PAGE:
November 7th. The night before America goes to the polls to decide its new President. To be seeing Drones, Baby, Drones, a World Premiere about drone warfare, seems either prophetic or hubristic.

Drones Baby DronesJust like the election Drones, Baby, Drones is a story of two halves. Commissioned from an original concept by Nicholas Kent, Emmy-winner Ron Hutchinson and prolific journalist and prose-writer Christina Lamb team together to write This Tuesday, whilst second half’s The Kid is written by David Greig, one of Scotland’s finest living playwrights.

Hutchinson and Lamb weave together the early morning strands of three pairs as they prepare for their regular Tuesday meeting. A General and his subordinate play basketball. A married White House security adviser slips away from the bed of an intern. Maxine, a CIA director, learns her daughter’s been gravely injured. Most mothers would be expected to stay – her daughter’s life hangs in the balance – but is Maxine willing to risk not being at the table this very specific Tuesday?


Whilst Hutchinson and Lamb examine the sacrifices we make, Greig explores the lengths we go to in his smart and succinct The Kid. It’s Wednesday and two couples are celebrating the outcome of a drone strike authorised the day previously. As the evening unfolds, collateral begins to emerge and expectant mother Alice strikes fear in the hearts of her friends by celebrating not only the creation of her own child but the destruction of another.

Drones Baby DronesThis Tuesday is an enlightening polemic against the ease of long-distance warfare and packs much drama into its forty-five mute frame. The writing presents recognisable (if slightly regressive) archetypes that allow scenes to move quickly and for characters to speak plainly, wearing their hearts on their sleeves. Only sometimes do Hutchinson and Lambs’ authority speak more loudly than their characters’ own voices, however, it is clear that the piece seeks to educate rather than replicate people.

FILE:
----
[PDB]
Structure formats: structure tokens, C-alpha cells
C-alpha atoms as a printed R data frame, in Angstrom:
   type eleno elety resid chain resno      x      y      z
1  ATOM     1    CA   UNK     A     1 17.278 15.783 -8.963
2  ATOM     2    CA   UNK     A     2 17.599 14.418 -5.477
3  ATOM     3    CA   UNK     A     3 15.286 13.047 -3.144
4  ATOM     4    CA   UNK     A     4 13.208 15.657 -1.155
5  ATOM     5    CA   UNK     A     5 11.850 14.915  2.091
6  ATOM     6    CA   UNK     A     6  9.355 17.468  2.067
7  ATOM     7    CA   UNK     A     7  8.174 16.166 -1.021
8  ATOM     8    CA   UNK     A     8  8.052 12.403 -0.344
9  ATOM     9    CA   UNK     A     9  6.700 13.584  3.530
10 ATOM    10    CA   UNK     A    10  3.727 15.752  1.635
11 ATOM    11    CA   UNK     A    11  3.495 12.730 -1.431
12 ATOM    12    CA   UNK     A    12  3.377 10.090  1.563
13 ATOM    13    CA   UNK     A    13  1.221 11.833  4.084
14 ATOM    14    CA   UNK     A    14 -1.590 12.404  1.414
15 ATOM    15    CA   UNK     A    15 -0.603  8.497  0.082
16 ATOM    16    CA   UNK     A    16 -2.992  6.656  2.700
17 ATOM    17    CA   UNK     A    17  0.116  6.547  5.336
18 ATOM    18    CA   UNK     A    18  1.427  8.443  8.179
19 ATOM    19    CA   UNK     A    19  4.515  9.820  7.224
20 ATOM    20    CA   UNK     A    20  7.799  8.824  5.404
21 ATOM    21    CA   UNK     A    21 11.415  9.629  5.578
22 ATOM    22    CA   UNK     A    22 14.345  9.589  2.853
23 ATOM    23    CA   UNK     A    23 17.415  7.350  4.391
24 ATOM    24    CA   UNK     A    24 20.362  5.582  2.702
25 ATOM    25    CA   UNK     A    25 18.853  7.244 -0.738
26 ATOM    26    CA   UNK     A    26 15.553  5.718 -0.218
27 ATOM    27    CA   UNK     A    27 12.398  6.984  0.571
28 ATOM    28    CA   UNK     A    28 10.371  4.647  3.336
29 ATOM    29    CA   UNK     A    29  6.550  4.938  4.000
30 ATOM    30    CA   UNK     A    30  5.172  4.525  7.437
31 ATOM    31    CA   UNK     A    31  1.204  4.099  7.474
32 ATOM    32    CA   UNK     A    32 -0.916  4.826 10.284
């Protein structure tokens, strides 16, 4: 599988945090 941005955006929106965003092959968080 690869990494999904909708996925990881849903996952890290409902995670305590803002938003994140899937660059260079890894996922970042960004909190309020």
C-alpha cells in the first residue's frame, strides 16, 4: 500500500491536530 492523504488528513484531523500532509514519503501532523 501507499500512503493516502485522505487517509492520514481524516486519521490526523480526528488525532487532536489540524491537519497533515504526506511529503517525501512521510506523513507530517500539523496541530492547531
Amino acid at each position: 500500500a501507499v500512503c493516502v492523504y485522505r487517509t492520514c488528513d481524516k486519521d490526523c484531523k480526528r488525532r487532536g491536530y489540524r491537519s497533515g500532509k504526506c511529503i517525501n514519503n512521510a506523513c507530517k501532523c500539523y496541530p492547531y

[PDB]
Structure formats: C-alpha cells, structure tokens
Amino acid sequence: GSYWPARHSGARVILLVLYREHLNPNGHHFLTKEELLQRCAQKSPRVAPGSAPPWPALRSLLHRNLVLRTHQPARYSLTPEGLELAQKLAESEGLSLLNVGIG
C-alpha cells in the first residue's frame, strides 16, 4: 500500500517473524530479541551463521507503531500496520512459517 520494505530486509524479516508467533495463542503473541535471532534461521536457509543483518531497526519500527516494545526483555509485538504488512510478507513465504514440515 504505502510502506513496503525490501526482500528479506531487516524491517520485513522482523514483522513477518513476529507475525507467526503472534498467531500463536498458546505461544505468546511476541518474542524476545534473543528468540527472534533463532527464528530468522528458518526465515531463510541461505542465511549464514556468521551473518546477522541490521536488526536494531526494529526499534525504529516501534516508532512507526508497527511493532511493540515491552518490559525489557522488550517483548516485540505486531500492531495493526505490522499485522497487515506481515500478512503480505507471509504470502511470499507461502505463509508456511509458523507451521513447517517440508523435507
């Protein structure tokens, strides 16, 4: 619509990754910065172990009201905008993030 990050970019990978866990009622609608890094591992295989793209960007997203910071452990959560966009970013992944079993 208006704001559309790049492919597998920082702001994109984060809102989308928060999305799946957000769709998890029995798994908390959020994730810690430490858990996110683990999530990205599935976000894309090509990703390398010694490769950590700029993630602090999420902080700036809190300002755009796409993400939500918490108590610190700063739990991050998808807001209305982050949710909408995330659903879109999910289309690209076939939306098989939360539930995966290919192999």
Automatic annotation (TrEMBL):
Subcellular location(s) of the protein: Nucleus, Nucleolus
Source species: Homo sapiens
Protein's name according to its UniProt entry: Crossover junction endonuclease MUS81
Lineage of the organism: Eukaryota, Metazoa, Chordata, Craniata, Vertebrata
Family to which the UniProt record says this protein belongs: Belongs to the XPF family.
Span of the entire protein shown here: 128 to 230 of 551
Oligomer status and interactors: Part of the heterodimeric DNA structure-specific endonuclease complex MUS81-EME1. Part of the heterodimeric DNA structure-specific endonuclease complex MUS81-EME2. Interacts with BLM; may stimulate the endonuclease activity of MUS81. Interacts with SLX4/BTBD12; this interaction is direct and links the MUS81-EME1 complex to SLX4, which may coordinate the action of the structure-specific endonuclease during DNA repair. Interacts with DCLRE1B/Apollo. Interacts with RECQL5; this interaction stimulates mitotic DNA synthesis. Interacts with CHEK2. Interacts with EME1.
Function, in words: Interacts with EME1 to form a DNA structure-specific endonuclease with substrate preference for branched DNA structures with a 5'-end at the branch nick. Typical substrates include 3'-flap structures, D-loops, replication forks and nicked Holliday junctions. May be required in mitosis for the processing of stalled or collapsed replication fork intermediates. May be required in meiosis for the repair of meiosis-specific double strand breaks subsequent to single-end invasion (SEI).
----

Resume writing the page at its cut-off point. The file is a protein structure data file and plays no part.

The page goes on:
In The Kid short clipped scenes are replaced by a closed-space, closed-timed encounter in which characters are allowed to develop more fully and demand emotional investment. The theatre of war is replaced by the drama of humans. Whilst the characters and setting remain a little stock (the Dysfunctional Couple Dinner Party Play has been written by all from Albee to Ayckbourn), Greig sidesteps and upturns our preconceptions of his characters, creating a compelling and questioning drama.

Each play is modestly and marvellously directed. The textbook Kent insertion of verbatim text at the top of each show stilts proceedings a little however the production’s overall fluidity negates this nicely, with characters and scenes moving seamlessly together and around one another.

Drones Baby DronesAnne Adams and Joseph Balderamma deliver standout and symbiotic performances. In This Tuesday, Adams is a commanding, convincing and uncompromising contrast to Balderamma’s rigid and judicial Jay. He then transforms into The Kid’s gobby, bouncy Ramon, whilst Adam slips down and settles into the languid and lugubrious Shawna. The rest of the cast are strong but by all means supporting, perhaps with the exception of Rose Reynold’s final alarmingly logical monologue as Alice.

Lucy Sierra’s design is inspired and versatile. Folding out and away to discreetly and efficiently reflect the faceless modernity of life in This Tuesday’s DC, projection and a live feed further the feeling of constant surveillance. Out in the “burbs” of The Kid, a homely and familiar lounge is the battleground of a much more alien discussion.

Drones Baby DronesDrones, Baby, Drones is a competent – if slightly clinical – rebuke of the weaponisation of technology. Both plays have stylistic echoes that seem to stave off real theatrical authenticity – House of Cards for Hutchinson and Lamb, La Bute for Greig – however the stories’ accessibility allows us to grapple the enormity of the questions posed.

And this Tuesday being November 8th – this can only be a good thing.

Drones, Baby, Drones
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Max May
Max has turned a hand at almost every theater job in the book - acting, directing, writing, producing. Said hand was even once used as the model for a bloody and dismembered prop limb. He now works in arts administration and has a passion for new writing, contemporary musicals and international work.